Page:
Mammoth 600-page novel number one. This was actually my suggestion for book group because a) I've never read a Murakami before, b) I keep hearing reviewers and podcasters rave about his writing and c) his work is one of the reasons - along with the film 'Lost in Translation' - that my cousin (and very good friend) Jay became fascinated with Japanese culture to the extent of moving over there, meeting the girl of his dreams and settling down to life surrounded by it. So I wanted to see if the hype surrounding this writer was deserved. My conclusion? It probably is, although I would add the caveat that I feel Murakami's writing might be an acquired taste. By all accounts I might have started with one of his most difficult and surrealist novels but, from reading 'The Wind Up Bird Chronicle', I get the sense that Murakami is a marmite writer. There's no doubt that there's a lot about the book which is genius - it is by turns surreal, whimsical, engaging and mesmerising - but I can completely see why a lot of people just don't get it. For example, I would usually endeavor to summarise the novel's plot about now but I'm just not sure that I could summarise this book. Let's just say that it starts with cat going missing and ends with an existential battle between good and evil moving via a morbid 16-year old girl, a prostitute of the mind and an aging war veteran's testimony of a forgotten campaign. Sounds odd? It is. I'm not entirely sure how much I understood of the message of the book - sometimes it made my head hurt to try and follow the plot - but I did enjoy Murakami's writing and his characterisation. In summary, I am glad to have read this. It took me three weeks and it made me feel as if my brain was about to explode more than once but I did enjoy reading it and I would read another Murakami in the future, albeit one of his less surreal novels next time maybe. So, if you're a fan of magical realism or surrealist fiction and you haven't yet tried Haruki Murakami, I'd definitely recommend you give this one a go.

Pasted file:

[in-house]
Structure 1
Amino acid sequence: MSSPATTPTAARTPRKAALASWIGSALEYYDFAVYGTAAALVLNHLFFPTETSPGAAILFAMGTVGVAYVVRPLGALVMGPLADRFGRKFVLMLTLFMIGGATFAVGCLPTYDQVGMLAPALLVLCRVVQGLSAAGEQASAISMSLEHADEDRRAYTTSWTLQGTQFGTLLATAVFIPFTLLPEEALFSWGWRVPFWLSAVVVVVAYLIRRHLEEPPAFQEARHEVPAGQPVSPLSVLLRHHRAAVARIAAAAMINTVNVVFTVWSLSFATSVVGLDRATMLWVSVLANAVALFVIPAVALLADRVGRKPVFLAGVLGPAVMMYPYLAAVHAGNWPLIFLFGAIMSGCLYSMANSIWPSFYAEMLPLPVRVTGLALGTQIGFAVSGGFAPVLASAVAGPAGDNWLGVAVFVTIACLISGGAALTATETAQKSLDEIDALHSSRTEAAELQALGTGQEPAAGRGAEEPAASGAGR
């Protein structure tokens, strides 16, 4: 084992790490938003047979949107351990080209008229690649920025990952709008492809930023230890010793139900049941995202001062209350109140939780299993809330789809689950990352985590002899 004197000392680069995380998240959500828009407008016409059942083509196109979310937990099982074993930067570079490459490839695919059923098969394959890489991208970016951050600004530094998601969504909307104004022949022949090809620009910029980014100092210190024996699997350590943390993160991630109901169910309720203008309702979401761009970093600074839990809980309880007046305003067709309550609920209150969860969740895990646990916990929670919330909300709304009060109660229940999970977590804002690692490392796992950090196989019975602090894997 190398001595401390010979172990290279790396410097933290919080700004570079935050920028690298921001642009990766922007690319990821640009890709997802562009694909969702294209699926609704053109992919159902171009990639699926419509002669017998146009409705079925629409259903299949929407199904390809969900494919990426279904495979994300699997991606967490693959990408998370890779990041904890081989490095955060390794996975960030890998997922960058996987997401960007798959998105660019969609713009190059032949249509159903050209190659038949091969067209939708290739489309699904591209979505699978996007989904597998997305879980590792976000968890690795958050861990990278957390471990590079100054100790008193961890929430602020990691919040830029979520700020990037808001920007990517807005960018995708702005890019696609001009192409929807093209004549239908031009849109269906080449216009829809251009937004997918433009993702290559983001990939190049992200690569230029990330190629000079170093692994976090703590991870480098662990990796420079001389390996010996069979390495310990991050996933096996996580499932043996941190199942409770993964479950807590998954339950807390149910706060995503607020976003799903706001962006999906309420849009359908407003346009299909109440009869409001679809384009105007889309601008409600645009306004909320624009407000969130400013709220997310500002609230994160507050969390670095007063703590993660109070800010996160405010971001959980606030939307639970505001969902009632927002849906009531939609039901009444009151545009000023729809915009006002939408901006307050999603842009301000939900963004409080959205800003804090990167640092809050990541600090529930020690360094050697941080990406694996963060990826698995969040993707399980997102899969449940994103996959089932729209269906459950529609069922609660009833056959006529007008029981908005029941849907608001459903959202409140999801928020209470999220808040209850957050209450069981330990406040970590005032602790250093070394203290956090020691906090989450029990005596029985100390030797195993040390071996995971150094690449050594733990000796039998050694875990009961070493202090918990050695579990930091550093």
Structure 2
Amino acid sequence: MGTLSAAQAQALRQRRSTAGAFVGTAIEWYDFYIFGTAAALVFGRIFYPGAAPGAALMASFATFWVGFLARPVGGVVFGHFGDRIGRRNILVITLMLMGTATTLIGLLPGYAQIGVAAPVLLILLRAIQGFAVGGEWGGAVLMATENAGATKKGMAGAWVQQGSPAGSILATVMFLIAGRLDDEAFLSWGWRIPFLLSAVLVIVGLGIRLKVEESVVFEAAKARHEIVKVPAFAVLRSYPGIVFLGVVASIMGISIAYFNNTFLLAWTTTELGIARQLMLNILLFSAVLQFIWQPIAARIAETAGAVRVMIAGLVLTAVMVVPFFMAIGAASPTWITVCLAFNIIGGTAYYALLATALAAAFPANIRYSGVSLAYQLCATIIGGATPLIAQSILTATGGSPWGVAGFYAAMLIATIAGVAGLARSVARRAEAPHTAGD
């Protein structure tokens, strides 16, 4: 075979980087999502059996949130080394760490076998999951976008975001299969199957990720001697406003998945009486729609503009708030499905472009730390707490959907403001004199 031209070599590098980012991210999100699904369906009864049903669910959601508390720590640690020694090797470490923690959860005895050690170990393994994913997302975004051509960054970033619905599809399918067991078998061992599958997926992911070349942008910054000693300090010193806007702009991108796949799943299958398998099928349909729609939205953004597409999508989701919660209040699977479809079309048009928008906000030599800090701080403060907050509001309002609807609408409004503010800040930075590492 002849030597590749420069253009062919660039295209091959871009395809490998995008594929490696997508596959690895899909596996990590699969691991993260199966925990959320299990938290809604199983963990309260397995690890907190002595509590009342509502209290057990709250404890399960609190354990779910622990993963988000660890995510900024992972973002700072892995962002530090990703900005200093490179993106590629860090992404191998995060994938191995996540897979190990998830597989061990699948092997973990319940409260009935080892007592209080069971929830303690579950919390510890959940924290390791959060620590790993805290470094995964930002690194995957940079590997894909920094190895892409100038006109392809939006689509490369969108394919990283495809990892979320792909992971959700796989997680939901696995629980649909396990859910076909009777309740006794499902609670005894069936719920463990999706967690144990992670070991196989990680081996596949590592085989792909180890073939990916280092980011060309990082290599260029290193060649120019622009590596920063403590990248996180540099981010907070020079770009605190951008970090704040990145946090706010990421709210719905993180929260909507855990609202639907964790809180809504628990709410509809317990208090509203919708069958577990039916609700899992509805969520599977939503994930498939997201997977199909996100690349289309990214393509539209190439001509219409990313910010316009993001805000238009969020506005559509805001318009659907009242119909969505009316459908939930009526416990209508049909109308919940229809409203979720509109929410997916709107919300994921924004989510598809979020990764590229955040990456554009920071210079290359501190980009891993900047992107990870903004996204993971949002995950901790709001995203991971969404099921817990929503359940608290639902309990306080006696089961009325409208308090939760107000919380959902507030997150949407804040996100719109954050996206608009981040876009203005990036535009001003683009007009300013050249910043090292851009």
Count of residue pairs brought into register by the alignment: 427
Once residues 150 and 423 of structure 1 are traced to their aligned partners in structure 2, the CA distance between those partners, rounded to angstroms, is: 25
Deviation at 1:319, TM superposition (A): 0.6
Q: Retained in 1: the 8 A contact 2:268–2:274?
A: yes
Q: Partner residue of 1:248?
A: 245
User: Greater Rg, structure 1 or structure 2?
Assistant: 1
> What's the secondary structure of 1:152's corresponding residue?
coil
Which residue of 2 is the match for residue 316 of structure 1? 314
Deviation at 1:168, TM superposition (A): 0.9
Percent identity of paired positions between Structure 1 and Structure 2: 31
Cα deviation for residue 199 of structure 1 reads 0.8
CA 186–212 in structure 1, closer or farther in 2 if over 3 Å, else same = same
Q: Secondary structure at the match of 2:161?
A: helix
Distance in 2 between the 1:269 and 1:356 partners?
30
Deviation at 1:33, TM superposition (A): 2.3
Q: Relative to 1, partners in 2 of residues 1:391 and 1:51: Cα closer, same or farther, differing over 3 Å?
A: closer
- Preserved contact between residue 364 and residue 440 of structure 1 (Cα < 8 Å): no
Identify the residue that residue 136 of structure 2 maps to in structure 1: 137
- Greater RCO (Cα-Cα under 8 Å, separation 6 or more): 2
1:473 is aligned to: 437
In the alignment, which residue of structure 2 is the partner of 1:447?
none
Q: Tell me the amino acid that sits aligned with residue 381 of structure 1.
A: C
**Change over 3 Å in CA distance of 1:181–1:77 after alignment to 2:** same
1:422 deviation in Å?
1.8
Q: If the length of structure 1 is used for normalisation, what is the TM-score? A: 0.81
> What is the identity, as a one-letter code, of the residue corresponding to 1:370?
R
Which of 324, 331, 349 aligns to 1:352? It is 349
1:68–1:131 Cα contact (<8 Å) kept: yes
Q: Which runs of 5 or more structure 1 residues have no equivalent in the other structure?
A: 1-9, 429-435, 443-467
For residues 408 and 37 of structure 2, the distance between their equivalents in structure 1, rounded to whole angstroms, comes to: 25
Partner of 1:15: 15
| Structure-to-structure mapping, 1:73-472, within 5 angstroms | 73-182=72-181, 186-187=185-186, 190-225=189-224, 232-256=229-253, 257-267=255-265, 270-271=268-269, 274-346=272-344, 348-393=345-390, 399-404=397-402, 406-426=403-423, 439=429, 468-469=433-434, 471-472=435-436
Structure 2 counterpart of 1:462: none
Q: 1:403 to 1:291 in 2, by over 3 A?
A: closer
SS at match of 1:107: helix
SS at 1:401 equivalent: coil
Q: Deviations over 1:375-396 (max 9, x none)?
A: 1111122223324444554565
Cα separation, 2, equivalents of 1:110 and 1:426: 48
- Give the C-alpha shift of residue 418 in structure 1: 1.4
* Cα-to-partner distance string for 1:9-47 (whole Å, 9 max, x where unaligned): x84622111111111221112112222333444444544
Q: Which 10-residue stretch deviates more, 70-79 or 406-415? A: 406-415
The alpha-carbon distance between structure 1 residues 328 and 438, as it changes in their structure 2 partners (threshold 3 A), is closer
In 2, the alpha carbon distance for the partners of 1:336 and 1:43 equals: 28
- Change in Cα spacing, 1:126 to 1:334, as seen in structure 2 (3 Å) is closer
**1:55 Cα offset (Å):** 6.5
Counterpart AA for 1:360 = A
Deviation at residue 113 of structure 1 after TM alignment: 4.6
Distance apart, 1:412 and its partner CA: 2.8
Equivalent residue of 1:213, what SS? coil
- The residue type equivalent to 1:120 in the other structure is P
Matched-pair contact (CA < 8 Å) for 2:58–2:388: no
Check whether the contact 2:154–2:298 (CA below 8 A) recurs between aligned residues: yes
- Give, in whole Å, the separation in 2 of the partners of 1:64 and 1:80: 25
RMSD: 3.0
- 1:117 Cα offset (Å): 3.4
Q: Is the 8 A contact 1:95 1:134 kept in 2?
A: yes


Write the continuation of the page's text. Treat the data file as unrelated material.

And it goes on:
Flight Behaviour
Flight Behaviour by Barbara Kingsolver